1.)    Attack The Block – A really fun movie about an alien invasion that hits a London low-income housing complex.  Teenage punks and drug dealers have to save the day, in this incredibly original little movie.  The most original part is the aliens themselves.  They’re pitch black except for their glow in the dark teeth.  They’re unique, which is especially welcome after the sort of generic and unmemorable monsters in Super 8 and Cloverfield. 2.)    Beginners – Another movie highlighted by its originality.  It jumps back and forth through time showing a man helping his recently out of the closet father deal with cancer, and then coping with his death. He also inherits his dog, and meets a pretty girl.  It’s probably the most personal and real feeling movie on this list and is filled with excellent acting.  Christopher Plummer as the father is especially great. 3.)    Captain America – In a year where there were quite a few super hero movies, this is the only one that really stood out for me.  A lot of that is due to the surprisingly good Chris Evans performance as the Captain.  He makes what could have been a total boy scout character interesting.  You can’t help but root for him.  Hugo Weaving is also nicely evil as the Red Skull.  The movie is a bit hampered by a bit of an anti-climactic ending that seems to serve a potential sequel more than this movie.  But, before that minor disappointment can take root, there’s an amazing preview for this year’s Avenger movie that totally makes up for it. 4.)    The Descendants – The movie that makes George Clooney seem mortal.  Instead of his usual full bore charm and handsome, he seems like a weathered, middle aged man who’s been through some stuff. His wife is in a coma and he has to deal with raising their two daughters on his own for the first time.  Of the actual Oscar nominees, it’s the one that’s going to stick with me most.  I’m reluctant to say more simply ‘cause it brings up a lot of interesting personal questions for the audience that are better discussed just after having seen it.  So go see it!5.)    Drive – This is what Roger Corman’s movies would be if they had a budget.  And, I guess, a European director.  A stuntman/getaway driver with a heart of gold tries his best to help a pixie woman and her impossibly cute son.  The villains chew scenery with the best of them, and the violence is delightfully over the top.  Backing it up is one of the best soundtracks of the year.6.)    50/50 – Also known as “That Seth Rogen Cancer Movie.”  It’s equal parts funny and touching.  Joseph Gordon Levitt plays a guy who gets diagnosed with cancer and Rogen plays his best bud.  While it didn’t make me cry, it has made pretty much everyone else I know cry, so there’s that too.  It’s one of those few movies that I genuinely think has something for everyone. 7.)    The Girl With The Dragon Tattoo – Honestly, I think I would have enjoyed this movie more if I hadn’t read the book first.  That being said, it is a David Fincher movie which means I was pretty much guaranteed to like it.  In typical Fincher fashion, it is beautiful to look at.  His perfectionism in the appearance of a film does not usually lead to great performances, but that’s not the case this time.  Rooney Mara is absolutely amazing, to the point where I’m not sure I’ll ever be able to accept her in another role.  It’s a good movie and deserved far more recognition than it got.8.)    Midnight In Paris – Woody Allen, a director who has almost as many misses as he’s had hits, puts out a very serviceable film.  It’s not one of his masterpieces like Manhattan or Match Point, but it’s a fine lark that gets the job done. Owen Wilson, playing California Woody Allen, falls in love with Paris while visiting it with his fiancée.  The fiancée in question is played by Rachel McAdams as a grown up version of her Mean Girls character, and Michael Sheen does a fantastic job as a complete arrogant dick.  When Wilson goes back in time, he meets every famous artistic person who lived in Paris in the 1920s and who are played by an all-star cast. The plot is about a man coming to grips that the life he is living probably isn’t the right life for him.  Like a lot of the nominees this year, it almost certainly wouldn’t have been nominated in a better year.9.)    Mission Impossible 4: Ghost Protocol – Easily the best movie of the year.  It’s one action set piece after another, and each is more exciting than the last!  I have no memory of the story, but everything else is incredibly memorable.  The climb up the side of the tallest building in the world, the fight in the weird car park, the chase through the dust storm.  All of it is fantastic!  I was even able to get passed Tom Cruise’s general weirdness.  And finally, Simon Pegg was delightful. So, that’s it.  I think all of these movies are the equal or better of any of the actual nominees, and most would have garnered more fan support.  Here’s to a better 2012, everyone!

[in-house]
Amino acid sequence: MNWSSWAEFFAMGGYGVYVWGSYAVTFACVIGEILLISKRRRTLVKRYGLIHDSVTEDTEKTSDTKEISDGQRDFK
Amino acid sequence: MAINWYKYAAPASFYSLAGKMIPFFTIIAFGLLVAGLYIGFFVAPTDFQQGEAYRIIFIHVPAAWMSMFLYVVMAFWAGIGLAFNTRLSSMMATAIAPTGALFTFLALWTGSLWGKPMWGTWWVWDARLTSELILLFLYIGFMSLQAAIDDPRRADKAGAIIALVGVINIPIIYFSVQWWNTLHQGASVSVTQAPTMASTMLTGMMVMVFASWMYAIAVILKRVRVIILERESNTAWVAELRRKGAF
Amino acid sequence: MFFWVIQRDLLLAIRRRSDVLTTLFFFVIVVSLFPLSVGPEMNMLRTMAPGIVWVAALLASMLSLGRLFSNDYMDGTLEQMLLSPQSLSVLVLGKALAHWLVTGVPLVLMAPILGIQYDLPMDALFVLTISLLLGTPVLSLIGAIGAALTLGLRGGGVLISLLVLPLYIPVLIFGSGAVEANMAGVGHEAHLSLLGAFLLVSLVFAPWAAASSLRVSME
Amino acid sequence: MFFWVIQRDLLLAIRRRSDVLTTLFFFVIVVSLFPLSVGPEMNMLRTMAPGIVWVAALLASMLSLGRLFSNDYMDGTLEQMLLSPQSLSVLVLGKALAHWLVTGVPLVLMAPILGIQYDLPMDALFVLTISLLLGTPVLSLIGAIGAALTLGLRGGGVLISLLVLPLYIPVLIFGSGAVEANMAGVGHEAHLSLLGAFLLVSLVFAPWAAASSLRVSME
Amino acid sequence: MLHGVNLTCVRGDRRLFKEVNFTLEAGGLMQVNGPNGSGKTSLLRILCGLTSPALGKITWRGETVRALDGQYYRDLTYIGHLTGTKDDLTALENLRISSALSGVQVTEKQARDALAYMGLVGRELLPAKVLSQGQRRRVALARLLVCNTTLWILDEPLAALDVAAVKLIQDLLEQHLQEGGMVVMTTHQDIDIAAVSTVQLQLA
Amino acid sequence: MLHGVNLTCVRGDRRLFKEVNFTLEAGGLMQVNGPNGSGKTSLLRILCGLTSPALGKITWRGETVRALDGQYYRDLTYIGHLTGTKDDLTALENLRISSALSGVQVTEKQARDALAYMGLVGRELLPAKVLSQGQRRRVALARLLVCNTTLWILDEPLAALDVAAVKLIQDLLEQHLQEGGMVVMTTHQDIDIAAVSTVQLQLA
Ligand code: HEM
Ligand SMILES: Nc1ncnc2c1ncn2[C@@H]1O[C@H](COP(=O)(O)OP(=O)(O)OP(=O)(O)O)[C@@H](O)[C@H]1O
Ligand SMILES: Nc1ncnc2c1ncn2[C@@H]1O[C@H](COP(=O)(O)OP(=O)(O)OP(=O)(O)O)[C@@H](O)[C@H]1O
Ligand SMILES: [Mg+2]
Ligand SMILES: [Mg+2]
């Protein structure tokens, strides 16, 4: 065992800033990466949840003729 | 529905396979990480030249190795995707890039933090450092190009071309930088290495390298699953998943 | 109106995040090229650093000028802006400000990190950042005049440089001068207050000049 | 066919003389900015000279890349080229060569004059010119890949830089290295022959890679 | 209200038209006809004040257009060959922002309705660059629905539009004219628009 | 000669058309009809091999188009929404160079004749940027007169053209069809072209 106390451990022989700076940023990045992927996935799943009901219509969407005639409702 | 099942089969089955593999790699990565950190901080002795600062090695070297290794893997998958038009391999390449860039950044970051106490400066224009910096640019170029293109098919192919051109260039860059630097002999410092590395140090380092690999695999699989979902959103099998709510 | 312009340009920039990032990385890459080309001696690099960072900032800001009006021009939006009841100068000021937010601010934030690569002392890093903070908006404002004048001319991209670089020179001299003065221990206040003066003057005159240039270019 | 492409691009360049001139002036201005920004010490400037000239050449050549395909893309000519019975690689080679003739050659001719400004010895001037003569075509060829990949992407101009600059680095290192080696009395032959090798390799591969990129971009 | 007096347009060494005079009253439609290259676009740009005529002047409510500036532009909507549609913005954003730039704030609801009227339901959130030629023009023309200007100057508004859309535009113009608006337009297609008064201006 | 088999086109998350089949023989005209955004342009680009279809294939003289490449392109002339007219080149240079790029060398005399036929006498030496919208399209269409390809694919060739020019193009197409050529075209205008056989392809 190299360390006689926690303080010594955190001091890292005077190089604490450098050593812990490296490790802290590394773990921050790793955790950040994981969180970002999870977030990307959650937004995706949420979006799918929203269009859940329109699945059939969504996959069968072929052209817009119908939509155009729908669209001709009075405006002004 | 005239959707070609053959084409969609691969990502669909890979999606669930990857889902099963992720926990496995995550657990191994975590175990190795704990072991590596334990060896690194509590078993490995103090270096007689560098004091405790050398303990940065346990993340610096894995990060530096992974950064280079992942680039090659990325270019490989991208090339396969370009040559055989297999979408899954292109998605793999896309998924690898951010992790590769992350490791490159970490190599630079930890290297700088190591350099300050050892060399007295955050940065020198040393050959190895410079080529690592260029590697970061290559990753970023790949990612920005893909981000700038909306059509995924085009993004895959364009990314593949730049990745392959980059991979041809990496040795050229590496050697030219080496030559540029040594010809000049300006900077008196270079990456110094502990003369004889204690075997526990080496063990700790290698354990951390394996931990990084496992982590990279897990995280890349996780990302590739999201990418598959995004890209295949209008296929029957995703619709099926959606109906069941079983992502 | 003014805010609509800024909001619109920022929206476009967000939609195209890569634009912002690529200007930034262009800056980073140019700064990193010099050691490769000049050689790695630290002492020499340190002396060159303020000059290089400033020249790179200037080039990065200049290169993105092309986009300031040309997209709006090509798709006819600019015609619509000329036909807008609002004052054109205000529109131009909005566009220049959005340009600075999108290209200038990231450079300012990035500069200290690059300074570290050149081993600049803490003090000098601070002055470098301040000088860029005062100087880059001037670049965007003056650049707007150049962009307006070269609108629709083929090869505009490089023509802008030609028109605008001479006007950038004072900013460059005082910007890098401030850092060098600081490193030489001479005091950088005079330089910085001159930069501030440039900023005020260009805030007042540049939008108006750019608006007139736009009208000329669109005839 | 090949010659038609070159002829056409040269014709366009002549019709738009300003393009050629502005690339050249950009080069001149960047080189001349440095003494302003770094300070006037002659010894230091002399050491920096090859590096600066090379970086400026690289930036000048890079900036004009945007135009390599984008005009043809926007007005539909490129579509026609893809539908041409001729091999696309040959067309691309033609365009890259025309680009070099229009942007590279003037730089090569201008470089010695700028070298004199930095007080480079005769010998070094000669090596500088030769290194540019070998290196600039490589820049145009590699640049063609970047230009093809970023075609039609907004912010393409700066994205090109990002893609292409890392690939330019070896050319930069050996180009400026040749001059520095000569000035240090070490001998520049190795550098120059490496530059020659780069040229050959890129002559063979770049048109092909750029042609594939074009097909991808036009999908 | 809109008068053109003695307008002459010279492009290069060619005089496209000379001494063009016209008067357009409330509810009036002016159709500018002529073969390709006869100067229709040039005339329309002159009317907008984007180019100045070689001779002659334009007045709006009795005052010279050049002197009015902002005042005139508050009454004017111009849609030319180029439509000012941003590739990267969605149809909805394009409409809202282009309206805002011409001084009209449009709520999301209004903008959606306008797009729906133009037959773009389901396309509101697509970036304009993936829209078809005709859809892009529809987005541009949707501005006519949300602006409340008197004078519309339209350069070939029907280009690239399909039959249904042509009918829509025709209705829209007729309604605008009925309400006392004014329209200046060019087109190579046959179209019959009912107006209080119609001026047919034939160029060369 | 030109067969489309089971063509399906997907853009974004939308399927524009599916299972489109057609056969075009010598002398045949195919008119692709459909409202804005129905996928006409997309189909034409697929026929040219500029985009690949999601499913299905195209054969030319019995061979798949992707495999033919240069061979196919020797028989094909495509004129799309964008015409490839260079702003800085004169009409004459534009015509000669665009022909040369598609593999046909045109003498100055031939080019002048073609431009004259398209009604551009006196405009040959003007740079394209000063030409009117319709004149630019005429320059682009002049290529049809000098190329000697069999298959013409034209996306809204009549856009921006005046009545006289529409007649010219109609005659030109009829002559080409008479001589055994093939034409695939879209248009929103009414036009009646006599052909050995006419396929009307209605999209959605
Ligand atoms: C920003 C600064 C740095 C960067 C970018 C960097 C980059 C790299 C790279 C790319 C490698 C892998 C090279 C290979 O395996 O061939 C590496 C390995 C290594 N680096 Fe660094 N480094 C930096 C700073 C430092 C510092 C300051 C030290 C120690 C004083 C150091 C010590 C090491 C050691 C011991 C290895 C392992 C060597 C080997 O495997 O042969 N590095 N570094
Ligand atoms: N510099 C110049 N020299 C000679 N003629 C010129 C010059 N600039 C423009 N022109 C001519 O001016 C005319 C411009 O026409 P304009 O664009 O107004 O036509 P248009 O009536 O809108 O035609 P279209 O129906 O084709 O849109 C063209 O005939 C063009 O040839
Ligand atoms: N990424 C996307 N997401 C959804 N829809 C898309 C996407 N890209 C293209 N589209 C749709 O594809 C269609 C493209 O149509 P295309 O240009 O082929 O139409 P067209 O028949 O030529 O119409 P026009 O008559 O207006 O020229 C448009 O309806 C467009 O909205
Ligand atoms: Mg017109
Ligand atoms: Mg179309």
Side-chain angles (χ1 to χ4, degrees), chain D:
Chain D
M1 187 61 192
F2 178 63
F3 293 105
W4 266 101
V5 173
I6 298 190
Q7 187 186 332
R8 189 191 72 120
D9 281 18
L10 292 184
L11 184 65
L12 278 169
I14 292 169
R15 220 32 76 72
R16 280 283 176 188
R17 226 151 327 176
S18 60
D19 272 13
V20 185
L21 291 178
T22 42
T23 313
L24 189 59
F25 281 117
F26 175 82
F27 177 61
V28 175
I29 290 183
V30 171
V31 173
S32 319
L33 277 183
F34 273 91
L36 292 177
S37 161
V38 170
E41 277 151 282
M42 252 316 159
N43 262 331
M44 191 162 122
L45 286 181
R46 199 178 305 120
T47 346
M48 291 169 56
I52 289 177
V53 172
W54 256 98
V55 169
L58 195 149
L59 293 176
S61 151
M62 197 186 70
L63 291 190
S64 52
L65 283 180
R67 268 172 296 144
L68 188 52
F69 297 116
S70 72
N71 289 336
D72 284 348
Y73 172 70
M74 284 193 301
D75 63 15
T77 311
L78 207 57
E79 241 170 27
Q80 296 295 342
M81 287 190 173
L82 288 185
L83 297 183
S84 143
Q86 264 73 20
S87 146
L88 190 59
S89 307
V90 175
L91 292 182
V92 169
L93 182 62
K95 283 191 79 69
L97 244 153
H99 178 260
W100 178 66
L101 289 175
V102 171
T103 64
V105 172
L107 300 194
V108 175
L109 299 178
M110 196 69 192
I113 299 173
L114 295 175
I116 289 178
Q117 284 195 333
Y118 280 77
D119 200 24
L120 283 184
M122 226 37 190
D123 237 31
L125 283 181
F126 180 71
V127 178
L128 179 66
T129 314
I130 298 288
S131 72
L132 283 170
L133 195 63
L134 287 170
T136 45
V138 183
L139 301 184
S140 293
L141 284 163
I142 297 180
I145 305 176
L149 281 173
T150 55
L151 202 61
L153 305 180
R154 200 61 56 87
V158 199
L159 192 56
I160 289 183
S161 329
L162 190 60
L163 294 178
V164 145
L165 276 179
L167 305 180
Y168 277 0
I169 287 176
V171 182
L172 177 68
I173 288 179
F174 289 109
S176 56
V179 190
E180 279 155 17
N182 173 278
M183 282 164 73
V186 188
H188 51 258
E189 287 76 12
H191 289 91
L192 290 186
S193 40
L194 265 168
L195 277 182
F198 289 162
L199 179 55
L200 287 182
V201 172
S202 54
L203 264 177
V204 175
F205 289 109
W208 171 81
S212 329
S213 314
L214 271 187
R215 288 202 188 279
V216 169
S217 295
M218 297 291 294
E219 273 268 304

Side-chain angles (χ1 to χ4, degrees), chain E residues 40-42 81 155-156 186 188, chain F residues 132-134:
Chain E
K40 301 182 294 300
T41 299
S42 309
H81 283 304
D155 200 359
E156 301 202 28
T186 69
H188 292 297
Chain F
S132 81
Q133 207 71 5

Graham Becksted just wrote the longest blog post of his short career!  He is the author of Graham’s Grumbles the second blog by that name that is listed in Google results when you search for Graham’s Grumbles.  If you would like to be his 58th follower (thank you, bots), he can be followed on Twitter @GrahamBecksted.